Mergers and acquisitions activity involving Hong Kong companies saw the strongest first half in four years, with the trend likely to continue for the rest of the year as deal-making picked up amid the economic recovery in Hong Kong and mainland China following a tapering of Covid-19 cases.
Some 713 deals worth a combined US$55.4 billion were announced in the first half, a 50.4 per cent increase in value from a year earlier, according to Refinitiv data. It was also the most since the first half of 2017 when transactions totalled US$68.9 billion.
The financial sector contributed the biggest share of the volume at US$12.6 billion, a more than fourfold increase compared to a year earlier. It was followed by real estate, with deals worth US$11.1 billion or 12 per cent lower than a year earlier, Refinitiv data showed.
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“There are many international firms that want to use Hong Kong as a gateway to investing in China via mergers and acquisitions,” said Christopher Cheung Wah-fung, a Hong Kong lawmaker who represents the financial services sector. “Likewise, there are many mainland firms that want to buy Hong Kong companies to expand overseas.”
The largest cross-border transaction in the first half was SF Holding’s HK$17.6 billion (US$2.26 billion) all-cash deal to acquire a 51.8 per cent stake in Malaysian tycoon Robert Kuok Hock Nien’s Hong Kong-listed Kerry Logistics Network in February. Shenzhen-based SF Holding, which operates SF Express and is dubbed the FedEx of China, is the largest delivery company for online shopping giants Alibaba Group Holding and JD.com.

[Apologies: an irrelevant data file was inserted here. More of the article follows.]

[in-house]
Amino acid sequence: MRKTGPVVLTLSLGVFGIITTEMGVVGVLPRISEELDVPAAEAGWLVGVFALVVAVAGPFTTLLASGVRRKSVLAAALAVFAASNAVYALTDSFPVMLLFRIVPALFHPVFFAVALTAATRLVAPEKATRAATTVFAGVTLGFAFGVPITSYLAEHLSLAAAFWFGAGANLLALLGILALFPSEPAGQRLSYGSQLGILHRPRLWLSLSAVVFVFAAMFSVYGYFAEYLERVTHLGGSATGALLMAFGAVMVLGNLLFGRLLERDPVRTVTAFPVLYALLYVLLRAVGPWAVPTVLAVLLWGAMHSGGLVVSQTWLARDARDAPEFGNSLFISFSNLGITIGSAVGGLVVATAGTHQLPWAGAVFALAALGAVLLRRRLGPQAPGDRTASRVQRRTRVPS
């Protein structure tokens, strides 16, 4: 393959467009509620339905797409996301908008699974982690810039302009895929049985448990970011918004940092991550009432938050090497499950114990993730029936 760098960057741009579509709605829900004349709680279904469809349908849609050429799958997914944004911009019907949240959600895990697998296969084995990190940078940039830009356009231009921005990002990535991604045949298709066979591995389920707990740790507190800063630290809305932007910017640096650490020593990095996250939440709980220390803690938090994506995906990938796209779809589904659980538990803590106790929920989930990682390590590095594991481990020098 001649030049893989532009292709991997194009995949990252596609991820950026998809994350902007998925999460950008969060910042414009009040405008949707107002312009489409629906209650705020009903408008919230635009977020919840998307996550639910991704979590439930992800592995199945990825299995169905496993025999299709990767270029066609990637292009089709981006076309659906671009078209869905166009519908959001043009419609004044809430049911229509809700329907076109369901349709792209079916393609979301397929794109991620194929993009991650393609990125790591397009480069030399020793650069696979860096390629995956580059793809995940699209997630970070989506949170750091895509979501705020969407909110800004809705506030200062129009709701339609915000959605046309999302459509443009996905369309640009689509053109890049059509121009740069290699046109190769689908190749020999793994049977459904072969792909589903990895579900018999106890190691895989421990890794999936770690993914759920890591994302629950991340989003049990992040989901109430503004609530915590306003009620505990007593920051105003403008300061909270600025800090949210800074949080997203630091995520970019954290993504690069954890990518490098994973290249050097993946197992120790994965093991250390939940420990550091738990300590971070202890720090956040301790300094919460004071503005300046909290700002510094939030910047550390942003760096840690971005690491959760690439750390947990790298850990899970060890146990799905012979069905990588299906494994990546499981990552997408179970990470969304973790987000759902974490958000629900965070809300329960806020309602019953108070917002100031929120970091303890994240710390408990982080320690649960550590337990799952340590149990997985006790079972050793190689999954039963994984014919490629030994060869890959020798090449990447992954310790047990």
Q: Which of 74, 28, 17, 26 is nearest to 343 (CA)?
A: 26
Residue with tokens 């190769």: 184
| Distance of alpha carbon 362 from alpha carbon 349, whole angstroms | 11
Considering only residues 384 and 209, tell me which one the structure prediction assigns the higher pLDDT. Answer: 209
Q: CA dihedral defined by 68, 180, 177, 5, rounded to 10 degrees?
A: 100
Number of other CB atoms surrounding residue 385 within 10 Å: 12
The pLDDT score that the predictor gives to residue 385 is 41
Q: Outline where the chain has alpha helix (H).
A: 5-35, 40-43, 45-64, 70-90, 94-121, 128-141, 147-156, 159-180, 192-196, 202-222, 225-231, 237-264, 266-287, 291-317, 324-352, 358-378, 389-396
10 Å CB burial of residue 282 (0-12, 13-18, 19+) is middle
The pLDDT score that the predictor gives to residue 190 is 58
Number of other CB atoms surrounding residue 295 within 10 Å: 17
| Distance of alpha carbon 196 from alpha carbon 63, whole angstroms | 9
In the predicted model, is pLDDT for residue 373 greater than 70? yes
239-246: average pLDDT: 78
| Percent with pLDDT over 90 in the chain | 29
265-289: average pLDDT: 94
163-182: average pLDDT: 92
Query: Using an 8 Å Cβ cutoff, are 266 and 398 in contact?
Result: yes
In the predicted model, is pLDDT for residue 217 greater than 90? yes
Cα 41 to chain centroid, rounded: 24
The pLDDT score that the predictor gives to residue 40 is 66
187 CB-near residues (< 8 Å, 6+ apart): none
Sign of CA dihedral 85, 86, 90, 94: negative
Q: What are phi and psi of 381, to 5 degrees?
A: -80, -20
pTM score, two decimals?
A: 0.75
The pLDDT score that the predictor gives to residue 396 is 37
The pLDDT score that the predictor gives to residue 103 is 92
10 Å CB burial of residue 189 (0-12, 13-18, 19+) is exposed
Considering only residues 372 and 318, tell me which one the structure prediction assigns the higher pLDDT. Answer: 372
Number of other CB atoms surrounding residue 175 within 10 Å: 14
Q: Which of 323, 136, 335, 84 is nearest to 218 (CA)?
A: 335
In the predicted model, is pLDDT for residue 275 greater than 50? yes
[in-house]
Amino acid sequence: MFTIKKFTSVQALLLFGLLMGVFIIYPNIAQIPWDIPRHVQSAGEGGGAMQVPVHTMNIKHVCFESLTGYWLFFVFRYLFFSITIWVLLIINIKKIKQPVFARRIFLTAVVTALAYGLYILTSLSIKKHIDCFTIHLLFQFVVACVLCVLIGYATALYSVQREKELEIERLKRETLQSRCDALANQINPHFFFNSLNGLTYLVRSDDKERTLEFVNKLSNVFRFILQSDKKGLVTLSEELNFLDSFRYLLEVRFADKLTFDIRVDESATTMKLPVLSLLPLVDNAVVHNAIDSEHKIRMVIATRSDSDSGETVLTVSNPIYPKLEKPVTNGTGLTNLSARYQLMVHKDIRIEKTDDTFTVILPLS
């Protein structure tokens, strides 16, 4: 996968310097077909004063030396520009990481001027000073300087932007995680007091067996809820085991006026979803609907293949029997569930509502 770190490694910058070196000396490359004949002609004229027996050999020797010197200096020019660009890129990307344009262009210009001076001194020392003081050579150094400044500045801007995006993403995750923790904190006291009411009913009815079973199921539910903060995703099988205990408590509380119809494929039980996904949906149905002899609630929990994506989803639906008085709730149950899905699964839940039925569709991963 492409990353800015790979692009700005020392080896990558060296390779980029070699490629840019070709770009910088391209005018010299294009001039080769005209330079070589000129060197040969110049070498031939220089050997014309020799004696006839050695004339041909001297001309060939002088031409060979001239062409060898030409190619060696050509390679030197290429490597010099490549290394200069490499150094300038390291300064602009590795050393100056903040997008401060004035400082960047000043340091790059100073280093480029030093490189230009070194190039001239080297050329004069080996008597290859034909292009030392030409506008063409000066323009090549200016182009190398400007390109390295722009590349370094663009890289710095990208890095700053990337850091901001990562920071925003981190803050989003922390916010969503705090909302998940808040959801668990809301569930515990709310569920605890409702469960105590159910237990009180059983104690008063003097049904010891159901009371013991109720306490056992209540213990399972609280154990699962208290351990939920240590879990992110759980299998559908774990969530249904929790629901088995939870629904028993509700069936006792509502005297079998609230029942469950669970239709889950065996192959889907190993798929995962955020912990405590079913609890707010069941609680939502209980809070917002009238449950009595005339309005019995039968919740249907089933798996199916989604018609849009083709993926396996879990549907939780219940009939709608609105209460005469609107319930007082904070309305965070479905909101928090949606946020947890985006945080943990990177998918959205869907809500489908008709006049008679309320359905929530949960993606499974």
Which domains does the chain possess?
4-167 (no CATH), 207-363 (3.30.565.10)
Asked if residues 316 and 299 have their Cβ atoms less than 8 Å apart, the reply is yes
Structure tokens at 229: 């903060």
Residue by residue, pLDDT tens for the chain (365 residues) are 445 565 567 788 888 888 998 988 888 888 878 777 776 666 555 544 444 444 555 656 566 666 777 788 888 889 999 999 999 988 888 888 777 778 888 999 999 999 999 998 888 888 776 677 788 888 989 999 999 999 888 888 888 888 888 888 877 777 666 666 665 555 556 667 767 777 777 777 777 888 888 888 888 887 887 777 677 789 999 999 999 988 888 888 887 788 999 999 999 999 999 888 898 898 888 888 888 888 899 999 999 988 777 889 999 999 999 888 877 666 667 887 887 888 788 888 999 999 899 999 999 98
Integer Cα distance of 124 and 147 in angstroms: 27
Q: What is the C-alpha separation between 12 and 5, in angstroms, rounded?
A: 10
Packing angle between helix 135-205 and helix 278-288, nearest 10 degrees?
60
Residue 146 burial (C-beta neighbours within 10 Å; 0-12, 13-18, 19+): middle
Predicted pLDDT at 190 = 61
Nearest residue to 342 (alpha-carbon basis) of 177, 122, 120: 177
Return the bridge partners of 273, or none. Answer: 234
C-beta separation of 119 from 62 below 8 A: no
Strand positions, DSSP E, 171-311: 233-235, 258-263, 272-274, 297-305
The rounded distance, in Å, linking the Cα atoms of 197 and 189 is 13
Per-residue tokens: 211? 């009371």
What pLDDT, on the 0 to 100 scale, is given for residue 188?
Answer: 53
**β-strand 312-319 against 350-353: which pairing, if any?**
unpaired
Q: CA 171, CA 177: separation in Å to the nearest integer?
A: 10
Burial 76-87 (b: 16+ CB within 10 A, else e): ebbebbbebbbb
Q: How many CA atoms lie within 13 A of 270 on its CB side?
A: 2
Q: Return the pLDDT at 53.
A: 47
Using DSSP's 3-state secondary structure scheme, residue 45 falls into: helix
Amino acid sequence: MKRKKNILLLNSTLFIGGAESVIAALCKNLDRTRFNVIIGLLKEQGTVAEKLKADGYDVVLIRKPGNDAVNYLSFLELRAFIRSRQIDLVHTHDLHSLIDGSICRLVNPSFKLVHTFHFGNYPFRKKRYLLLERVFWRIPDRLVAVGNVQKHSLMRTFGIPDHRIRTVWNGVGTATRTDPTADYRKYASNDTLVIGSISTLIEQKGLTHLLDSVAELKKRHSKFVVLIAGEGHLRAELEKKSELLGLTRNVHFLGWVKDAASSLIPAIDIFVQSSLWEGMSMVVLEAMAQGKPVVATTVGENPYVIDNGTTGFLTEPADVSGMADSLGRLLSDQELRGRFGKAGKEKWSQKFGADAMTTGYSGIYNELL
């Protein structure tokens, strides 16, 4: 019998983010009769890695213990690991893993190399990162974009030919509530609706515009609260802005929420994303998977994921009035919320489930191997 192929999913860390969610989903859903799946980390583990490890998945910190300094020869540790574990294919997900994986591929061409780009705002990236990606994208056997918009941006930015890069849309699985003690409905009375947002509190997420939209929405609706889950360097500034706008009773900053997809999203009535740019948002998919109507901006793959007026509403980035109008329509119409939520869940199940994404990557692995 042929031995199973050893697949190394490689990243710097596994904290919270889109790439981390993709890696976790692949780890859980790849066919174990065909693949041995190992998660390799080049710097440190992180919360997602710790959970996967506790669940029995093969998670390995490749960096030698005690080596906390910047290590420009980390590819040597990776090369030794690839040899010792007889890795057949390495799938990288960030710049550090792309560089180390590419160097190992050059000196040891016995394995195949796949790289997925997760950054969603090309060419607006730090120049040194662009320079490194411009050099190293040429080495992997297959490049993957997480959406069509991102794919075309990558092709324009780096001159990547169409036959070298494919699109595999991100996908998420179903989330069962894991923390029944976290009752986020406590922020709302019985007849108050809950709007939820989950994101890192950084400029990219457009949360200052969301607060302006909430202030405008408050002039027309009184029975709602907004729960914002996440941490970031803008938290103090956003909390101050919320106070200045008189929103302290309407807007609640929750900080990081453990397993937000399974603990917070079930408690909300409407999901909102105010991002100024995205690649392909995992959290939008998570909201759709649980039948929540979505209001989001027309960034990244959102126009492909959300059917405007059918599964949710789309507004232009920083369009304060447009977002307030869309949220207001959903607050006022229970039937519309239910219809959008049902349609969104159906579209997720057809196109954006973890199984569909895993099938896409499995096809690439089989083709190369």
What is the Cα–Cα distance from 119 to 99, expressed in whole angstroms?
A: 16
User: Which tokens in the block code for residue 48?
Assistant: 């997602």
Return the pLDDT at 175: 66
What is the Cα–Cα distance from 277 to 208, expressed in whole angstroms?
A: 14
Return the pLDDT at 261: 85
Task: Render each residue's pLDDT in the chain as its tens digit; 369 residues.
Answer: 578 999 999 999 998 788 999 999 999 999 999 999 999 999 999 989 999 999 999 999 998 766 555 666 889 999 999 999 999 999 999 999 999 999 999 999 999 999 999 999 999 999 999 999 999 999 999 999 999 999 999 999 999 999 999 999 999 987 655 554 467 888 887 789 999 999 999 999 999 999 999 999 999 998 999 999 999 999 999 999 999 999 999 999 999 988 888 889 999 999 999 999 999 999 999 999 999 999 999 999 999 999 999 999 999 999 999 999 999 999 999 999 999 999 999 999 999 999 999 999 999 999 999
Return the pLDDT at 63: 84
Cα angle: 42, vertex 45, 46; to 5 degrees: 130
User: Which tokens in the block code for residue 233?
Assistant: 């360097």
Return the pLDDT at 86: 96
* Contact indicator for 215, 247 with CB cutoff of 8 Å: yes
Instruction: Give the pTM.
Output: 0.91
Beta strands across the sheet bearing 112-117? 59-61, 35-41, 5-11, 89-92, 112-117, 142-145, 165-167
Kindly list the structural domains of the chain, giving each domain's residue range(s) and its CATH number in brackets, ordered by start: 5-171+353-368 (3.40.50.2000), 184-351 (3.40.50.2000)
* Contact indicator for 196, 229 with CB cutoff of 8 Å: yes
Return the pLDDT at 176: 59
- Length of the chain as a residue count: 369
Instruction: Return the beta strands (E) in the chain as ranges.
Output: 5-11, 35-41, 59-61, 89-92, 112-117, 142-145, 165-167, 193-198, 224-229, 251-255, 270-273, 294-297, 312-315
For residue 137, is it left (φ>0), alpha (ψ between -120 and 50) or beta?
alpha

Hong Kong’s biggest publicly traded life insurer AIA Group on June 29 announced it planned to acquire a 24.99 per cent stake in the life insurance arm of China Post Group for 12 billion yuan (US$1.86 billion) as it continues to expand its presence in mainland China.
“The trend will continue as China is the first major economy to come out of the Covid-19,” Cheung said. “The country is opening up its market to the international world, which will attract more M&A deals.”
Meanwhile, Hong Kong-listed companies have been also been resorting to share buy-backs to support their underperforming stocks. WH Group, the world’s largest pork producer, in June said it would use HK$14.95 billion (US$1.93 billion) to buy back 13 per cent of its capital at a premium.
WH Group’s share price has fallen 0.8 per cent in the 12 months to June 1 before it announced the buy-back, while the Hang Seng Index has risen 23 per cent during the same period.
CK Asset Holdings, one of the listed flagships of Hong Kong’s richest man Li Ka-shing, plans to spend HK$19.4 billion to buy back 380 million shares at HK$51 each, according to stock exchange filings in March and April. In the 12 months before the share buy-back was first announced on March 18, CK Asset shares fell 14 per cent while the Hang Seng Index rose 26 per cent.
“The increasing number of corporate buy-backs could be a result of perceived undervaluing of shares due to negative sentiment created by Covid-19 and US-China decoupling,” said Clement Chan, managing director of accounting firm BDO.
Chan said he expects M&A and corporate share buy-back activity to remain strong for at least the next six months.
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